June 9, 2010
Non-Traditional Students: Understanding Adult Learners’ Needs
Students dropout of college for a variety of reasons – some are not ready for the academic rigors, while others leave to raise a family, get a job, or join the military. Many of these students are now in their 30s, 40s and 50s. They’re more mature, and they’re ready to come back and finish what they started. Is your school truly committed to do what it takes to attract and support these students through degree completion?
The adult degree completion market offers a growing and potentially lucrative opportunity for higher education institutions nationally. According to Dr. Bruce Chaloux, president of the Sloan Consortium, there are more than 50 million working age adults with some college credit but no degree, or who have a high school diploma but never entered college.
During the recent online video seminar Effective Strategies for the Adult Degree Completion Market, Chaloux pointed out that many of these adults would like to get their college degrees, but only if they’re given practical “adult friendly” alternatives to traditional, campus-based programs.
The eight key factors that influence an adult learner’s decision to attend college are:
- Convenient time and place for classes
- Flexible pacing for completing the program
- Ability to transfer credits
- Reputation of institution as being adult friendly
- Need the degree for current or future job
- Receive credit for life/work experiences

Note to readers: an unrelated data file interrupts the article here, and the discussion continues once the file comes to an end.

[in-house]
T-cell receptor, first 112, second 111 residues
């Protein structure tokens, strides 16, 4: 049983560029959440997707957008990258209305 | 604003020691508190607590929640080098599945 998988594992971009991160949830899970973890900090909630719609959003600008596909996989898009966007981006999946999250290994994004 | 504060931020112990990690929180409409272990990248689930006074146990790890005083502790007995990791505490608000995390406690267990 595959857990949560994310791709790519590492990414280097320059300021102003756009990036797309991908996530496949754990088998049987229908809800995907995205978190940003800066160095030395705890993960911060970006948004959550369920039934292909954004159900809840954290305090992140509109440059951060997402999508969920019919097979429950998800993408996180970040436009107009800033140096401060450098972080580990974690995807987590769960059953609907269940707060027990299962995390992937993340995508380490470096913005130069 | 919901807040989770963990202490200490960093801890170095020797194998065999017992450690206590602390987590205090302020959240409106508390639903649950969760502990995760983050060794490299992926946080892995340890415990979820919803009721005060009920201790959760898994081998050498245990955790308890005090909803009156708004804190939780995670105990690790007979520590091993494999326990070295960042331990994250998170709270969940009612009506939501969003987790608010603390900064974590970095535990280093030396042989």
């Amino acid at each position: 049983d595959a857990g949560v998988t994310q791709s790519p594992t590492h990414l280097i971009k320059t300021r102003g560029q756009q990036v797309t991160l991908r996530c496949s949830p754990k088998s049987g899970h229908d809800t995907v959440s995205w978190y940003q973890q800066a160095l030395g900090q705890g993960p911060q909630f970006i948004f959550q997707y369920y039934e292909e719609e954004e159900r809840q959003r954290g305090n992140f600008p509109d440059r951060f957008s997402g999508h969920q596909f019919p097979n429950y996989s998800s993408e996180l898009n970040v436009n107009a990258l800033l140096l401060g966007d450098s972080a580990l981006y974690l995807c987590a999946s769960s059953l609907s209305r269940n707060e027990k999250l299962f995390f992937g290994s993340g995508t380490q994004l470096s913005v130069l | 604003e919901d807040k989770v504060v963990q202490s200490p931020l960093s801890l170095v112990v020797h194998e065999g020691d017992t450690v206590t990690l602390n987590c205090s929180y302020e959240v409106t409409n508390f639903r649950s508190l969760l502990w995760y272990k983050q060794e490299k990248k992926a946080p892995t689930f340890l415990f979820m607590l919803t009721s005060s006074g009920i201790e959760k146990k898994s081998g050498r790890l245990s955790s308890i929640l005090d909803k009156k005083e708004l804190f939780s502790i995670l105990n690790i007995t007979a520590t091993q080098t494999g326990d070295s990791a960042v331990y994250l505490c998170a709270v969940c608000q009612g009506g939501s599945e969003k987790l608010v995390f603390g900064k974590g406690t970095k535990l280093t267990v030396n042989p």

- Financial aid or employer assistance
- Child care
How well you can meet these needs, and provide adults with the flexibility and support they require to complete their degrees will determine how successful your institution is in serving this growing student population. Not surprisingly, online or blended courses are particularly attractive to adults who are often juggling family and work responsibilities along with their coursework.
Chaloux shared with attendees a set of guiding principles developed by the Southern Regional Education Board of the factors it believes are essential to meet the needs of the adult degree completion population:
- Online or blended delivery
- Accelerated (or compressed) terms
- Adult friendly policies
- Supportive credit transfer and prior learning assessment
“These are the kinds of strategies that have proven, at least in the short run, to be quite effective at not only attracting the adults back to your campus but in getting them to degree completion,” says Chaloux. “Essentially what we are arguing is that you need to create greater pathways to degrees and provide some form of hope that they can complete their degree in a reasonable amount of time.”